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The Da Vinci Hoax: Exposing the Errors in the Da Vinci Code [Audio CD]

Carl E. Olson , Sandra Miesel , Matthew Arnold
4.1 out of 5 stars  See all reviews (16 customer reviews)
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Book Description

June 1 2006
The Da Vinci Code, Dan Brown’s best selling novel, purports to be more than fiction: it claims to be based on fact and scholarly research. Brown wants his readers to believe that he is revealing the long-concealed truth about Jesus, Mary Magdalene, and early Christianity, a truth that he says has been suppressed by the malevolent and conspiratorial forces of the Catholic Church. The novel alleges that there has been throughout history a secret group of true followers of a Gnostic Jesus and his wife, Mary Magdalene, the true "Holy Grail". Almost everything most Christians and non-Christians think they know about Jesus, according to Dan Brown, is completely wrong, the result of Catholic propaganda designed to hide the truth from the world.

But are The Da Vinci Code’s claims fact or just plain fiction? Is the novel well-researched as claimed? What is the truth about Jesus, Mary Magdalene, and the early Church? Has the Catholic Church distorted the real Jesus? Why is the novel so popular? What about the anti-Catholic, anti-Christian agenda behind the novel?

Best selling author Carl Olson and journalist Sandra Miesel answer these and other important questions. Their painstaking research into The Da Vinci Code and its sources reveals some surprising truths. No one who has read or heard about The Da Vinci Code should miss this provocative and illuminating new book.

--This text refers to the Paperback edition.

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Customer Reviews

Most helpful customer reviews
3 of 3 people found the following review helpful
5.0 out of 5 stars The real truth about the davinci code May 23 2006
By A Customer
Carl Olson and Sandra Miesel should have called this book "the davinci AXE" because thats what it did to the davinci code. Every single chapter and section of this book just chopped away at Dan Brown's dubious and uneducated claims.
The research that was done in this book is incredible. It's accurate and real as compared to Brown's so called research.
I would highly recommend this book to anyone who wants to know the truth about early Christianity and a very clear picture about the Catholic Church. God Bless the authors :):):)
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7 of 8 people found the following review helpful
5.0 out of 5 stars The best of the lot June 25 2004
Up till now, I thought Darrell Bock's Breaking the Da Vinci Code was the best book on exposing the errors of Dan Brown's multi-million selling foolishness. This new book is slightly better, primarily because it's more comprehensive.
For one thing, it extensively quotes not only the main characters in Brown's book as they relate their version of "history," it also has quite a few quotes from the author himself from various interviews. These quotes are then examined for accuracy in relation to a wide variety of expert opinion. In every case, the quotes Brown has his characters utter, as well as his own quotes, are shown to be either simply false or the opinions of a tiny minority of authors whose views have been found wanting at the bar of history and scholarship. This book, which is about twice as long as Bock's book (which is limited pretty much to the time before Constantine and the Council of Nicea), also covers a good deal more ground. Topics addressed include Holy Grail myths, the real Templars, the Priory of Sion silliness, and errors in interpreting not only Leonardo's Last Supper but his take on art, the occult, and Christianity in general.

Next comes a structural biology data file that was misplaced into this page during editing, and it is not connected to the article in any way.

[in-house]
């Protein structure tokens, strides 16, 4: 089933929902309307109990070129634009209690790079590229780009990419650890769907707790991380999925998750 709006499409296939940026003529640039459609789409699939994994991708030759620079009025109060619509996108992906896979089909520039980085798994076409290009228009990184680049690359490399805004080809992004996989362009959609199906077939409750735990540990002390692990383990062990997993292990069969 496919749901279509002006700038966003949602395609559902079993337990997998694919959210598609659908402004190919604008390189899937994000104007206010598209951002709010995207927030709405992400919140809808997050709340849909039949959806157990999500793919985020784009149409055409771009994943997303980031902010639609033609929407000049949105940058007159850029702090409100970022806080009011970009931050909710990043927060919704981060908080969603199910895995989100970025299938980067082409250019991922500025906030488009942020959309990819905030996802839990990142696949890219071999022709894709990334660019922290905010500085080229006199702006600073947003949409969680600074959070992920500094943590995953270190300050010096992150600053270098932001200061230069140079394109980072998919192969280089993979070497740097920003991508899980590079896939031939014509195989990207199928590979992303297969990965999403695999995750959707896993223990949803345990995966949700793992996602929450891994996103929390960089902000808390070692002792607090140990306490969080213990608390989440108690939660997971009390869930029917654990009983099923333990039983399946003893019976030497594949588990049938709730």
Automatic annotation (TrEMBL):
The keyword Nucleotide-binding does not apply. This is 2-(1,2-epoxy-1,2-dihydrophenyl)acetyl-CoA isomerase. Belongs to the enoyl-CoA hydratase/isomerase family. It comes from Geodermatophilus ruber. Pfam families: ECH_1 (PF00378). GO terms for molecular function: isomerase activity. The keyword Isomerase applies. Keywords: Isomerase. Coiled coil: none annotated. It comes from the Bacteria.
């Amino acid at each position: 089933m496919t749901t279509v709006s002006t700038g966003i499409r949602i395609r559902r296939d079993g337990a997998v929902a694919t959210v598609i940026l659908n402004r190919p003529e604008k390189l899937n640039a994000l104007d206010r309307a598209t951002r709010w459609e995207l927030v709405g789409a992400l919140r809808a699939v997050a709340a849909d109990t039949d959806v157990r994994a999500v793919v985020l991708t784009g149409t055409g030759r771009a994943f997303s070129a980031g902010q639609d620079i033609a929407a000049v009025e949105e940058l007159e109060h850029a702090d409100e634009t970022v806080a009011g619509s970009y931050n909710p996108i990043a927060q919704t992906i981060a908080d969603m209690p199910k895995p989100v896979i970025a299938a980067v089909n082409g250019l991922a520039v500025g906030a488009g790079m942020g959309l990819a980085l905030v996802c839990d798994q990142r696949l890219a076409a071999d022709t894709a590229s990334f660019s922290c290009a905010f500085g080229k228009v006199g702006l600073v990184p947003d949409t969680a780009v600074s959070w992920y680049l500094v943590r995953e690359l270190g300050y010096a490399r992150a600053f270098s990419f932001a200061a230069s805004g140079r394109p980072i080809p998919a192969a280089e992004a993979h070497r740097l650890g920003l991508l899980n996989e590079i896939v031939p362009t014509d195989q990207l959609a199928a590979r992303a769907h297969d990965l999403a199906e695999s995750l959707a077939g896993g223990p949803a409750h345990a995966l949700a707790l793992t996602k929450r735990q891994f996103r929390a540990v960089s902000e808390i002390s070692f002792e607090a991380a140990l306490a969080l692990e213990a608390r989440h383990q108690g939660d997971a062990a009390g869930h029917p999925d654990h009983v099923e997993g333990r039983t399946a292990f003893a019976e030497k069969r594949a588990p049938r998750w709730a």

If you think The Da Vinci Code--the foundations of which are a synthesis of Holy Blood, Holy Grail, The Templar Revelation, The Chalice and the Blade, Drawing Down the Moon, and the works of Margaret Starbird and other marginalized and/or discredited books--accurately depicts what really went on in Western history (which no serious person does who has any familiarity with the available materials), then you will not like any of the books debunking Dan Brown's ridiculous book, least of all this one. But if you want to find out what really happened, this gives as complete an accounting as you'll find anywhere.
In sum, this critique is extensive, even exhaustive, and in the end entirely persuasive.
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9 of 11 people found the following review helpful
A reviewer on this list advises us to grow up and get a life rather than read a book debunking the hoax perpetrated by Dan Brown's 'Da Vinci Code.' He suggests that wild story telling is the nature of fiction or even, one has to assume, historical fiction, in which a story is told within the context of real events with cameos by historical figures. This suggestion is, of course, just silly.